Makes 8 servings
PREP 20 mins
COOK 20 mins
READY IN 40 mins
- cooking spray
- 1/2 cup milk
- 1/2 cup prepared ranch dressing
- 1/2 cup all-purpose flour
- 1 cup dry bread crumbs
- 1/2 cup grated Parmesan cheese
- 1/2 teaspoon seasoned salt
- 1/2 teaspoon ground black pepper
- 1/2 teaspoon celery salt
- 1/2 teaspoon garlic powder
- 1/2 teaspoon onion powder
- 1/2 teaspoon ground paprika
- 1/2 teaspoon dried parsley
- 1/4 teaspoon dried basil
- cooking spray
- 8 (6 ounce) tilapia fillets
- Preheat an oven to 425 degrees F (220 degrees C).
- Line an 11-17-inch baking sheet with aluminum foil and lightly spray with cooking spray.
- Mix milk and ranch dressing in a shallow bowl. Place flour in a separate shallow bowl; set aside.
- Whisk together bread crumbs, Parmesan cheese, seasoned salt, black pepper, celery salt, garlic powder, onion powder, paprika, parsley, and basil in a bowl.
- Spray bread crumb mixture with cooking spray until damp, then whisk bread crumbs. Repeat spraying and whisking 3 more times to lightly moisten crumb mixture with cooking spray.
- Transfer crumb mixture to a large resealable plastic bag.
- Gently press tilapia fillets into the flour to coat, and shake off the excess flour.
- Dip the fillets into the ranch dressing mixture.
- Place all the fillets into the resealable plastic bag; seal bag and shake to coat fish with bread crumb mixture.
- Arrange tilapia on prepared baking sheet. Lightly spray the breaded fish with cooking spray.
- Bake in the preheated oven until the fish is easily flaked with a fork, 20 to 25 minutes.
”If you can dream it, you can do it. Always remember this whole thing was started with a dream and a mouse.”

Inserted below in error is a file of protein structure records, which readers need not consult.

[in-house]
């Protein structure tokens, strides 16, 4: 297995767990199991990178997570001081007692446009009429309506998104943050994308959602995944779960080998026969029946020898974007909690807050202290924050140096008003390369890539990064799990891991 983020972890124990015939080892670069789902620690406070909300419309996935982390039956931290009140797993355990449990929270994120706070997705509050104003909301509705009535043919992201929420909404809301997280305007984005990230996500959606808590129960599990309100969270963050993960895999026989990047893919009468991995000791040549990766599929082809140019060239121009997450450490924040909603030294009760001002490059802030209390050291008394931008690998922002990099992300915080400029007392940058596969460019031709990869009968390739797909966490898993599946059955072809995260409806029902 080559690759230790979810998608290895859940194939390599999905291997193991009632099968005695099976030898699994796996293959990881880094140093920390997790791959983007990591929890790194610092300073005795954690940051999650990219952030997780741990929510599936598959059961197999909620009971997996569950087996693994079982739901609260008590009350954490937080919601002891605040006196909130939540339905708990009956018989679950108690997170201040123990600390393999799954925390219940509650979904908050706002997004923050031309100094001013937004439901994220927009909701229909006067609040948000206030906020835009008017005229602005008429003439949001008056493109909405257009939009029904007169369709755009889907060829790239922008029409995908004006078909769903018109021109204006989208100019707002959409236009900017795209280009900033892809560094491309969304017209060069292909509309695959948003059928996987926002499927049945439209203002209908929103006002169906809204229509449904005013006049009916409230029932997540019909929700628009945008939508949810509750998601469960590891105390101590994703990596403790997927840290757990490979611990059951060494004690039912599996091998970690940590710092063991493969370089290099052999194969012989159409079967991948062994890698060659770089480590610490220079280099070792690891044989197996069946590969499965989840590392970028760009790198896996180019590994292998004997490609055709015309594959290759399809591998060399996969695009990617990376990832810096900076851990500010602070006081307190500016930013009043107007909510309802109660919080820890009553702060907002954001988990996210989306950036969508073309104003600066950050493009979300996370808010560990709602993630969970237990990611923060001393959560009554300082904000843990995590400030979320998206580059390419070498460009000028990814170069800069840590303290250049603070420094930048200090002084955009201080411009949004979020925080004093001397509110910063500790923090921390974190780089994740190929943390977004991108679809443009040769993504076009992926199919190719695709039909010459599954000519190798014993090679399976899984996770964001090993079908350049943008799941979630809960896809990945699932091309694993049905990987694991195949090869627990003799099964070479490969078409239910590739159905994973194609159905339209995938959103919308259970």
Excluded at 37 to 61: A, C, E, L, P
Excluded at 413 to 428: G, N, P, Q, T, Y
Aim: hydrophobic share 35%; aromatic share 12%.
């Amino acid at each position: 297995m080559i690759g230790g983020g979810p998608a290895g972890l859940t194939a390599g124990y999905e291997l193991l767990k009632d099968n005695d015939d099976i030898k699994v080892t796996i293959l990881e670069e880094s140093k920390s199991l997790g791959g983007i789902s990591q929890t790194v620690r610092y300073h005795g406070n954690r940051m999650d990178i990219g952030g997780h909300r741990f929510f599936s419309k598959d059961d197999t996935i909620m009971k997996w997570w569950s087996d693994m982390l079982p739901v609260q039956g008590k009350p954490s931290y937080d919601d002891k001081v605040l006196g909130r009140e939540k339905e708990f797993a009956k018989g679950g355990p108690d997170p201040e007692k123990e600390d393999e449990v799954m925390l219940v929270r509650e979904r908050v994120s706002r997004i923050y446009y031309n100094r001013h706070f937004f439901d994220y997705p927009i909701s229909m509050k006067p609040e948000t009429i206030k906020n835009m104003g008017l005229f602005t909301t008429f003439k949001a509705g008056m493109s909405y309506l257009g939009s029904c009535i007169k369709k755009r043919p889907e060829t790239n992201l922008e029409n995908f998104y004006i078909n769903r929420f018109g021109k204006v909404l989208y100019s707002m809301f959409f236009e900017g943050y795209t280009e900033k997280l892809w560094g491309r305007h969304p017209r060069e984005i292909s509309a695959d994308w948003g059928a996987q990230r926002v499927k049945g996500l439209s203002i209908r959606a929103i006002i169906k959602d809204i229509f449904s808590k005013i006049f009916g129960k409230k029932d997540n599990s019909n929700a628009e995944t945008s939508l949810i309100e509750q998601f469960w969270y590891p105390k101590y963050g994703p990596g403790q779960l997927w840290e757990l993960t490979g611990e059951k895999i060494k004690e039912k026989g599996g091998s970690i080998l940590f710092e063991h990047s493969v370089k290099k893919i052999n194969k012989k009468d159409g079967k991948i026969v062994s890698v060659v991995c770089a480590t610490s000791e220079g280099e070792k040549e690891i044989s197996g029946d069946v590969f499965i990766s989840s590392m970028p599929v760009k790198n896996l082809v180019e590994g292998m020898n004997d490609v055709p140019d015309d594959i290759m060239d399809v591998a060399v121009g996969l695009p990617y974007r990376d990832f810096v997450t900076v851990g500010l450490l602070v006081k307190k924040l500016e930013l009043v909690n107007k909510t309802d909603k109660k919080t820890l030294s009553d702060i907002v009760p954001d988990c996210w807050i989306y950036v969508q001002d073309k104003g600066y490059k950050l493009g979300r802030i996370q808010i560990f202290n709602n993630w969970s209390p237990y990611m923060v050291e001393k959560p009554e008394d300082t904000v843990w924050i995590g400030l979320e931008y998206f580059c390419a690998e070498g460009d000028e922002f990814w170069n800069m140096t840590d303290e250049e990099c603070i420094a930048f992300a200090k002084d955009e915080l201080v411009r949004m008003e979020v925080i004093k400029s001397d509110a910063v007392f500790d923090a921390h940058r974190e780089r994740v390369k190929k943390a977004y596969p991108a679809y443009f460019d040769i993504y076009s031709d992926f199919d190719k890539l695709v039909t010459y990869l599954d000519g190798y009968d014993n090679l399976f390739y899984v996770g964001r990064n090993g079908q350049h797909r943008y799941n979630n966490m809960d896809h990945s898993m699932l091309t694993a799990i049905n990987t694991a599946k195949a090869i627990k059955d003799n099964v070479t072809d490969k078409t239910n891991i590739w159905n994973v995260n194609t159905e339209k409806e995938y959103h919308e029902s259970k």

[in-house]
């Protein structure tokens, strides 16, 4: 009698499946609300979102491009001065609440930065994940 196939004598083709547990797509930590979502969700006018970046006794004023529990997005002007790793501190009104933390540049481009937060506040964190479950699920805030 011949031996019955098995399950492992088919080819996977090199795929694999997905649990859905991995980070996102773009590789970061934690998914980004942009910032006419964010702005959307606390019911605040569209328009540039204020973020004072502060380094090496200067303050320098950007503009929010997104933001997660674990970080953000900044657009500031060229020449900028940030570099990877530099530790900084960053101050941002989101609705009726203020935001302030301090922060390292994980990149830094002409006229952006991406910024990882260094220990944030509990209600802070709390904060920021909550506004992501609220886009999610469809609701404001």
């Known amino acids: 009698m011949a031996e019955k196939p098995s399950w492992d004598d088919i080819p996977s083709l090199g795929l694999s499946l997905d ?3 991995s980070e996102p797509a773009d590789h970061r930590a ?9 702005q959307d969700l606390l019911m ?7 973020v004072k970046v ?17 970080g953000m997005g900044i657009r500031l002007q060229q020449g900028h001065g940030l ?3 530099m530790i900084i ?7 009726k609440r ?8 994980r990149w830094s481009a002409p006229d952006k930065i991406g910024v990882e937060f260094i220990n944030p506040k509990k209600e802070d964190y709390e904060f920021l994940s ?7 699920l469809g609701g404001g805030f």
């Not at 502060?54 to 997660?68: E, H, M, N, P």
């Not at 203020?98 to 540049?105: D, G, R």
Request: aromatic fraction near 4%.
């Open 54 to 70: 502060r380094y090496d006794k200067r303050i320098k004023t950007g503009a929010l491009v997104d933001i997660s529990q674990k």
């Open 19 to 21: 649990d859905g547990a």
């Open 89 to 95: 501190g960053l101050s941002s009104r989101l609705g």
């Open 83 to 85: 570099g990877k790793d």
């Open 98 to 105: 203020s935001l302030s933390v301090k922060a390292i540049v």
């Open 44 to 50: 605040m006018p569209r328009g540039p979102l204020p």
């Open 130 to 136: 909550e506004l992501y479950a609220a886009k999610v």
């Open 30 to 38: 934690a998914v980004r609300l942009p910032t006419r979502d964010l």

– Walt Disney
“Don’t judge each day by the harvest your reap but by the seeds you plant.”
– Robert Louis Stevenson
8 Pike push-ups
10 Cleans @ 25% BW
Post total rounds in comments.
“Our bodies are apt to be our autobiographies.”
— Frank Gillette Burgess
This can lead to a number of problems, from hip issues, knee pain, hamstring injuries, and lower back pain. You may be asking how? Well, here’s how…
Bad posture for one. Weak glutes can increase your hips forward tilt. Which will put more stress on your lower back and your spine overall. Also, the hamstrings and the lower back are forced to work to compensate for the inhibition, which over time results hamstring injury. For athletes the least would be sub-optimal performance.
It can also cause certain types of knee pain like tendonitis. The gluteus medius deals specifically with the stability of leg. A weak or non active glutes medius can cause instability of the leg which can potentially cause knees problems like tendonitis. The knee is forced to provide stability instead of the gluteus medius. This may mean pain in the IT band, patellar tendon, or under the kneecap.
Unfortunately, by sitting a lot, you subject yourself to what Kelly Starrett calls “butt lamination”: the fascia and muscle quality of your gluteals and hamstrings is negatively impacted through the constant pressure of sitting. Ultimately this leads to “gluteal amnesia”, the inability to control your gluteal muscles, manifesting itself in weak and inactive gluteals. The term was coined by Dr. Stuart McGill, who did extensive research into back pain, but it’s just as important for knee health as it is for a healthy back.
Test Glute Strength
Do a glute bridge, hold for 30 seconds. If your hamstrings cramp during this exercise, you have weak glutes or glute dysfunction. The reason for the cramping, your hamstrings are working harder to keep you hips up.
Activate Your Glutes
One way to strength/awaken your glutes is to perform the COOK HIP LIFT. Do 2-3 sets of 8-10 reps each leg.